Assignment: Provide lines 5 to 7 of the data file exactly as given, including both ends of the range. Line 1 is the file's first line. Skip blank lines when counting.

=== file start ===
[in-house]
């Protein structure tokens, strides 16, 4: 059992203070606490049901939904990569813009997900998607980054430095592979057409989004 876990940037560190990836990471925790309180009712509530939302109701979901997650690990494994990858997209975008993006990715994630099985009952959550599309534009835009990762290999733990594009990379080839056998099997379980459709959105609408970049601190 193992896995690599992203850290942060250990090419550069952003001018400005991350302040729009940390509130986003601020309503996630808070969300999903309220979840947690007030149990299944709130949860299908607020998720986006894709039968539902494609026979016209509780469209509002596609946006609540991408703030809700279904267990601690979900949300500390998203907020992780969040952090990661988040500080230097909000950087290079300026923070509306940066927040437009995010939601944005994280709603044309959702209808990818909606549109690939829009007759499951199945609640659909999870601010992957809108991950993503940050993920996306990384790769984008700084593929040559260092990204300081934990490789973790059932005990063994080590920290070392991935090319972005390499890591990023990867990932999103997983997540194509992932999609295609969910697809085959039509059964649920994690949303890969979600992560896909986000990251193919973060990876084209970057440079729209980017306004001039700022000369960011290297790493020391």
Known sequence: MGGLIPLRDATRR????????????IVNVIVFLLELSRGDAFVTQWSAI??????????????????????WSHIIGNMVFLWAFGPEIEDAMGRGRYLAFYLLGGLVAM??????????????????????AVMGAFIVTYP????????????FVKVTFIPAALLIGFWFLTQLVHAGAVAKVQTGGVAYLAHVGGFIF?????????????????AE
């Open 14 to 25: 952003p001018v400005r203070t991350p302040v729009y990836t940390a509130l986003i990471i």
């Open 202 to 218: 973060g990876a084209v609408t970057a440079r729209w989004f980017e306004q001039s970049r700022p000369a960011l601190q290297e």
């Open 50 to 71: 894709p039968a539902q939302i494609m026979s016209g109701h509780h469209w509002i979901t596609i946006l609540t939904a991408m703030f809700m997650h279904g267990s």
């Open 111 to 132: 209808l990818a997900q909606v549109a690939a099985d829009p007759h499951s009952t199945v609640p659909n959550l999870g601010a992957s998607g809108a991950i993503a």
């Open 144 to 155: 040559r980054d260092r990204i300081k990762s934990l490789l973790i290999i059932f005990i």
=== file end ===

């Open 202 to 218: 973060g990876a084209v609408t970057a440079r729209w989004f980017e306004q001039s970049r700022p000369a960011l601190q290297e």
């Open 50 to 71: 894709p039968a539902q939302i494609m026979s016209g109701h509780h469209w509002i979901t596609i946006l609540t939904a991408m703030f809700m997650h279904g267990s």
């Open 111 to 132: 209808l990818a997900q909606v549109a690939a099985d829009p007759h499951s009952t199945v609640p659909n959550l999870g601010a992957s998607g809108a991950i993503a």